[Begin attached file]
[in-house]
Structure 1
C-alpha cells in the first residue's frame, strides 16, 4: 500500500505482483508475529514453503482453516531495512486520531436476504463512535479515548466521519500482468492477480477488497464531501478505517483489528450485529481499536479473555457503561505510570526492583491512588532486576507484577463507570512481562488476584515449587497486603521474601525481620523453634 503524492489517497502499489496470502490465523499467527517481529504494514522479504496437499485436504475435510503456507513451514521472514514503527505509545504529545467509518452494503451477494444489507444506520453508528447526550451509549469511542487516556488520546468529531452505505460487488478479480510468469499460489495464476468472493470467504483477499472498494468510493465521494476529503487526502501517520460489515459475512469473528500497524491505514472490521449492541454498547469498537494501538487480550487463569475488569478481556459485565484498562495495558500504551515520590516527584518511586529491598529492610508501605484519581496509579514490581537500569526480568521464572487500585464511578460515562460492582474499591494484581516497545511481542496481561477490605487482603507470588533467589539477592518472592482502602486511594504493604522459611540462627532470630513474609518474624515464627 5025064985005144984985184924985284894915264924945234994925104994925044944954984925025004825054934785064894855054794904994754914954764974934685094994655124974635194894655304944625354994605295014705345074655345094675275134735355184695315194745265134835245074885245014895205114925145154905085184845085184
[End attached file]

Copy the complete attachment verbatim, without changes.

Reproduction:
[in-house]
Structure 1
C-alpha cells in the first residue's frame, strides 16, 4: 500500500505482483508475529514453503482453516531495512486520531436476504463512535479515548466521519500482468492477480477488497464531501478505517483489528450485529481499536479473555457503561505510570526492583491512588532486576507484577463507570512481562488476584515449587497486603521474601525481620523453634 503524492489517497502499489496470502490465523499467527517481529504494514522479504496437499485436504475435510503456507513451514521472514514503527505509545504529545467509518452494503451477494444489507444506520453508528447526550451509549469511542487516556488520546468529531452505505460487488478479480510468469499460489495464476468472493470467504483477499472498494468510493465521494476529503487526502501517520460489515459475512469473528500497524491505514472490521449492541454498547469498537494501538487480550487463569475488569478481556459485565484498562495495558500504551515520590516527584518511586529491598529492610508501605484519581496509579514490581537500569526480568521464572487500585464511578460515562460492582474499591494484581516497545511481542496481561477490605487482603507470588533467589539477592518472592482502602486511594504493604522459611540462627532470630513474609518474624515464627 5025064985005144984985184924985284894915264924945234994925104994925044944954984925025004825054934785064894855054794904994754914954764974934685094994655124974635194894655304944625354994605295014705345074655345094675275134735355184695315194745265134835245074885245014895205114925145154905085184845085184